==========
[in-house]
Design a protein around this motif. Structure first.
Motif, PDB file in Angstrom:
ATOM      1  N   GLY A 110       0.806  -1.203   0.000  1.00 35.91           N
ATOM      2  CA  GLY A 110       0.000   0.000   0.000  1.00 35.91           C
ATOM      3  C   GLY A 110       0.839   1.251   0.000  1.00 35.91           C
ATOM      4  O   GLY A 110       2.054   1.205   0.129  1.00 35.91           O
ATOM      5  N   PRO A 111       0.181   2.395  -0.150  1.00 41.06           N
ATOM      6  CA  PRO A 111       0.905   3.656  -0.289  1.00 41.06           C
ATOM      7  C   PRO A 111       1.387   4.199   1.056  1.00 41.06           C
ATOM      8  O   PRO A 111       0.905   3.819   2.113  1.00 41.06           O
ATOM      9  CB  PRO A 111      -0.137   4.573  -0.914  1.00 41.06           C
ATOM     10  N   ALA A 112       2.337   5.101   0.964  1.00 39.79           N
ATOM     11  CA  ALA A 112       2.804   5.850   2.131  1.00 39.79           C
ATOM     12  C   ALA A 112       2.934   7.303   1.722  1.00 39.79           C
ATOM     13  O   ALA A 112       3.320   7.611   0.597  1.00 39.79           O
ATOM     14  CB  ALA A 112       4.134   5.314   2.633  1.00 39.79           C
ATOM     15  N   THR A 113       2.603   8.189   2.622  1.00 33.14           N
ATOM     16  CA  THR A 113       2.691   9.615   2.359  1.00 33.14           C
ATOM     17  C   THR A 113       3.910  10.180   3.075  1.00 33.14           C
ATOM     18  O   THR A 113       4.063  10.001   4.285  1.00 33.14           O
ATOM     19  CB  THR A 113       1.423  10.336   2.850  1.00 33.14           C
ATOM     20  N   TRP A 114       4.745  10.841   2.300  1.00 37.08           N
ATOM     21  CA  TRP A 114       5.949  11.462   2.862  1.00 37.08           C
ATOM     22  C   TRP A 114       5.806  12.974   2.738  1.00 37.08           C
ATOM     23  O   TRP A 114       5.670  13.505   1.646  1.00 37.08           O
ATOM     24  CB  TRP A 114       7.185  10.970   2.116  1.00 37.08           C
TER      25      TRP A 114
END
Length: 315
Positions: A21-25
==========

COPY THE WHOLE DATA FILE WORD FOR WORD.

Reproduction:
[in-house]
Design a protein around this motif. Structure first.
Motif, PDB file in Angstrom:
ATOM      1  N   GLY A 110       0.806  -1.203   0.000  1.00 35.91           N
ATOM      2  CA  GLY A 110       0.000   0.000   0.000  1.00 35.91           C
ATOM      3  C   GLY A 110       0.839   1.251   0.000  1.00 35.91           C
ATOM      4  O   GLY A 110       2.054   1.205   0.129  1.00 35.91           O
ATOM      5  N   PRO A 111       0.181   2.395  -0.150  1.00 41.06           N
ATOM      6  CA  PRO A 111       0.905   3.656  -0.289  1.00 41.06           C
ATOM      7  C   PRO A 111       1.387   4.199   1.056  1.00 41.06           C
ATOM      8  O   PRO A 111       0.905   3.819   2.113  1.00 41.06           O
ATOM      9  CB  PRO A 111      -0.137   4.573  -0.914  1.00 41.06           C
ATOM     10  N   ALA A 112       2.337   5.101   0.964  1.00 39.79           N
ATOM     11  CA  ALA A 112       2.804   5.850   2.131  1.00 39.79           C
ATOM     12  C   ALA A 112       2.934   7.303   1.722  1.00 39.79           C
ATOM     13  O   ALA A 112       3.320   7.611   0.597  1.00 39.79           O
ATOM     14  CB  ALA A 112       4.134   5.314   2.633  1.00 39.79           C
ATOM     15  N   THR A 113       2.603   8.189   2.622  1.00 33.14           N
ATOM     16  CA  THR A 113       2.691   9.615   2.359  1.00 33.14           C
ATOM     17  C   THR A 113       3.910  10.180   3.075  1.00 33.14           C
ATOM     18  O   THR A 113       4.063  10.001   4.285  1.00 33.14           O
ATOM     19  CB  THR A 113       1.423  10.336   2.850  1.00 33.14           C
ATOM     20  N   TRP A 114       4.745  10.841   2.300  1.00 37.08           N
ATOM     21  CA  TRP A 114       5.949  11.462   2.862  1.00 37.08           C
ATOM     22  C   TRP A 114       5.806  12.974   2.738  1.00 37.08           C
ATOM     23  O   TRP A 114       5.670  13.505   1.646  1.00 37.08           O
ATOM     24  CB  TRP A 114       7.185  10.970   2.116  1.00 37.08           C
TER      25      TRP A 114
END
Length: 315
Positions: A21-25